Undergraduate student, Melissa Vincent, shares experiences from joining the Wood Products Processing program
A country girl at heart, and a UBC Forestry graduate hopeful from the 2022 Wood Products Processing program, Melissa Vincent plans to leave her mark on cities as part of the growing industry of tall wood buildings, such as the iconic 18-storey Brock Commons Tallwood House on the UBC campus.
“Wood is a good structural material because it stores carbon,” says Melissa. “The direct competition to tall wood frame construction is concrete buildings, which add more carbon to the atmosphere along the entire manufacturing process.”
Hailing from Aldergrove, BC, Melissa grew up on a hobby farm complete with pigs, chickens, turkeys, a dog, a cat and fish. After jumping into an engineering degree at the University of the Fraser Valley, “not fully knowing what I wanted to do,” Melissa heard about the Wood Products Processing program at UBC Forestry: “I knew right away that it was for me.”
The move “has been a nice mixture of technical aspects, shop drawings, along with machine, building and furniture design, as opposed to the desk work I faced as an engineer,” Melissa shares.
Her studies have exposed her to timber design and building frameworks, including an architecture class that involved peeling back the layers of light-frame construction homes: from the wood frame to insulation, drywall and the full building envelope.
Her favourite class was wood anatomy and identification, which zoomed into wood cell structures to give students the know-how to identify different types of wood at the molecular level.
“Sometimes people bug me about being a wood nerd; but, I like that I can now identify why, for example, one type of wood will give an even coat of finish or why certain types of wood last longer in wet conditions.” To maximize her co-op experiences, Melissa ventured into a variety of fields.
Starting with Westeck Windows and Doors, she learned about product development, how to reduce the amount of heat loss from fittings and different cladding options. At Precisionwerkz, she helped design and build the manufacturer of high-end woodworking’s showroom and updated their computer-aided design standards along the way.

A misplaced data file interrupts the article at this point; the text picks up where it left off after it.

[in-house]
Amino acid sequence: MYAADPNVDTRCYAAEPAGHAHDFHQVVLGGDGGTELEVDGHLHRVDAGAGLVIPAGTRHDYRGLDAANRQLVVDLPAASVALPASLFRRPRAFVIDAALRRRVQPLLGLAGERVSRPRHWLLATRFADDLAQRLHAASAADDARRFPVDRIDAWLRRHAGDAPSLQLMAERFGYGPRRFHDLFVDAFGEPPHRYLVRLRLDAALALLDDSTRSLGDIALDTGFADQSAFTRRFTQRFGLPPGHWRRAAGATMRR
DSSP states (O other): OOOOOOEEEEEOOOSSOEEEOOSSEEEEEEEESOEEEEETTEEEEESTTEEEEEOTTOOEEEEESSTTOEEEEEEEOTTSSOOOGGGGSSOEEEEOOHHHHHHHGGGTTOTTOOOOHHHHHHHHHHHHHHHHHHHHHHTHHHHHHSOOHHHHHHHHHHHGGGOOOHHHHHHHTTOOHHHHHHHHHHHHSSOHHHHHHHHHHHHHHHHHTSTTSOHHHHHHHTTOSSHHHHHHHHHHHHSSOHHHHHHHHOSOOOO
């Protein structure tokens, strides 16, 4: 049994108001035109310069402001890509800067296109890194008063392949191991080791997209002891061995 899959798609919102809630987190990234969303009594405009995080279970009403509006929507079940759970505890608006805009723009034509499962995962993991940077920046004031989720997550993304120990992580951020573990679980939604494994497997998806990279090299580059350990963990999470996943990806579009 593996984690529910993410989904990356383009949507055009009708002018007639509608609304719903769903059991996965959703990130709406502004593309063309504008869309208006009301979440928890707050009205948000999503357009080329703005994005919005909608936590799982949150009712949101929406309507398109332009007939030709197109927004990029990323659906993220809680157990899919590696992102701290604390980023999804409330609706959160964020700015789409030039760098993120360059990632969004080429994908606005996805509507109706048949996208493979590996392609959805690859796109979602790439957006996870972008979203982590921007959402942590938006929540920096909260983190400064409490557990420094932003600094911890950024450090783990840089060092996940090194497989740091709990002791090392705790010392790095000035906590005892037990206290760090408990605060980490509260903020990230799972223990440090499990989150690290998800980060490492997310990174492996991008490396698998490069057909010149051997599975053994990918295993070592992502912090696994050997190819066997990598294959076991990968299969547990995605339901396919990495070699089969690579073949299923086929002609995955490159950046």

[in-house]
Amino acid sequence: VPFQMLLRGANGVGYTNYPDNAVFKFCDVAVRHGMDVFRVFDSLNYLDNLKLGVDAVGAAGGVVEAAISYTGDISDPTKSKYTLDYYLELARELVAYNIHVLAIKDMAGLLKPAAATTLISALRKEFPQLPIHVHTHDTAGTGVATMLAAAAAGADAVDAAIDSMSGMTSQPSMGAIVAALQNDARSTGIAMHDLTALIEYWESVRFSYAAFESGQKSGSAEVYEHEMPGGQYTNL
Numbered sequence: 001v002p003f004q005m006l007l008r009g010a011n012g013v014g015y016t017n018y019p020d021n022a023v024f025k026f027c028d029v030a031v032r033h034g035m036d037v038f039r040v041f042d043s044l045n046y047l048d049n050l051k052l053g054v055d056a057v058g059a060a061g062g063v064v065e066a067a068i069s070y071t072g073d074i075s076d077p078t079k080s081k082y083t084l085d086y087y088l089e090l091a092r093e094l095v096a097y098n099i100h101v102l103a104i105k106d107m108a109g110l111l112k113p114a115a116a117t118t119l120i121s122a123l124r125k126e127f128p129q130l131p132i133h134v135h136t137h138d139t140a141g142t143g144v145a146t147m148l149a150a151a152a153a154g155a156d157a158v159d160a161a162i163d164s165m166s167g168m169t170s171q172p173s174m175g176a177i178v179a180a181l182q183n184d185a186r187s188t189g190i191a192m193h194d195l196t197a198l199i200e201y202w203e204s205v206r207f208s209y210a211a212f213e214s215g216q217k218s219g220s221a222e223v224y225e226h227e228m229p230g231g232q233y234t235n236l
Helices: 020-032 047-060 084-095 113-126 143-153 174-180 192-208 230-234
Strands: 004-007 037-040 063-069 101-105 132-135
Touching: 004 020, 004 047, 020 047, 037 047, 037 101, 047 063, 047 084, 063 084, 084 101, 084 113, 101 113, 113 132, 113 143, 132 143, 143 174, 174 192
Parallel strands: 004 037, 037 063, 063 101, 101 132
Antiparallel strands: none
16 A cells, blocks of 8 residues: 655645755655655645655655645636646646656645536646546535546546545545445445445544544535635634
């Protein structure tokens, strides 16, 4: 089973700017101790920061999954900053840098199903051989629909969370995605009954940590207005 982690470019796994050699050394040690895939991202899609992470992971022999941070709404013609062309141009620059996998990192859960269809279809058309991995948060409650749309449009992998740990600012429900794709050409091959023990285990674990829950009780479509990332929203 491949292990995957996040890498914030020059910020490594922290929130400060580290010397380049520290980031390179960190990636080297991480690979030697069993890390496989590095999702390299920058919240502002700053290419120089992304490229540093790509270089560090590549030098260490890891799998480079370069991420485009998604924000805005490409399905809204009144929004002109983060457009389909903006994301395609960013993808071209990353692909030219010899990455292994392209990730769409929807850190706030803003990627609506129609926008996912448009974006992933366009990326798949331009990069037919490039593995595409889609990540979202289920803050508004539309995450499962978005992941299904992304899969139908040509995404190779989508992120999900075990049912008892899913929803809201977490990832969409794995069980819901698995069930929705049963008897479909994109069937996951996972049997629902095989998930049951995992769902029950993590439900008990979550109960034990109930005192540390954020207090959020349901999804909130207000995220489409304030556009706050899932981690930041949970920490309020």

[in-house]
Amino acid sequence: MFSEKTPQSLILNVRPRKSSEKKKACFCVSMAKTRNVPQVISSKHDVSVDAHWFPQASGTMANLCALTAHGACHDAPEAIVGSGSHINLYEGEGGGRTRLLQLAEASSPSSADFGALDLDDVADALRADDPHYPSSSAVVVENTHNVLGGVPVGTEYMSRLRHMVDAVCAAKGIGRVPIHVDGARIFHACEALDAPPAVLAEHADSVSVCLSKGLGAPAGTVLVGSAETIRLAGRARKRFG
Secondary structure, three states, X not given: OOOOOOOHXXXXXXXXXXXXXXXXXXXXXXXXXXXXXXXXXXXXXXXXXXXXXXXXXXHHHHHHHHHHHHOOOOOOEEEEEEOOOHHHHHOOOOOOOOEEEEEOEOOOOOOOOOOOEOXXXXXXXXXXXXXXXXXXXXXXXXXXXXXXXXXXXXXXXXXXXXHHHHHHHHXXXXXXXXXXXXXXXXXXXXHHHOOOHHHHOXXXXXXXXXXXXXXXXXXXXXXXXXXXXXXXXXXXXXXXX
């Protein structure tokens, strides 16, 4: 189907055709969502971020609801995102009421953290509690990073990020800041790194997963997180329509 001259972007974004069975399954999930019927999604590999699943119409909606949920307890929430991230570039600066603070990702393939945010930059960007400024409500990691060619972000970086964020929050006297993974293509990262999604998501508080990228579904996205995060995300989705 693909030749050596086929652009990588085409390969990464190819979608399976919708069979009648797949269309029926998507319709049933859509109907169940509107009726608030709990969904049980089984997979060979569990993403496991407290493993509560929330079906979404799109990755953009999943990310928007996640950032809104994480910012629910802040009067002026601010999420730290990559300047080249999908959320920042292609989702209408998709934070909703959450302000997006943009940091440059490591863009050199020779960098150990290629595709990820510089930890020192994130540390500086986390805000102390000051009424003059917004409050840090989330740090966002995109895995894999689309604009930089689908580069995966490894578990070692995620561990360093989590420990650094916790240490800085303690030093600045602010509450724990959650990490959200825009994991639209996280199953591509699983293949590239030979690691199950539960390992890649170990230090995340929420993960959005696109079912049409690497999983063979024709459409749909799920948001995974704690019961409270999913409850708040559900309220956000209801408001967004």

“Now, having a shop drawing be even an eighth of an inch off matters to me!”
Her final co-op placement was a surprise favourite. Taking on the tasks of creating naming conventions, standard work procedures and completing daily tasks as a maintenance planner with Western Forest Products in Cowichan Bay, Melissa realized that she doesn’t mind jumping into the deep end of a demanding position and pushing herself to try something new.
“I would highly suggest people get out of their comfort zone because I would have never expected that the sawmill experience would have been my favourite,” she shares.
After graduation, Melissa plans on moving back to the Vancouver Island farm where she formed friendships during her most recent co-op placement to work in the industry for a while and enjoy time with her old roommates and lots of animals.
Led by our very own Development and Alumni Engagement Office, and shaped by valuable feedback from our alumni community, the Spring 2022 issue of Branchlines showcases the dynamic and multifaceted fields of forestry.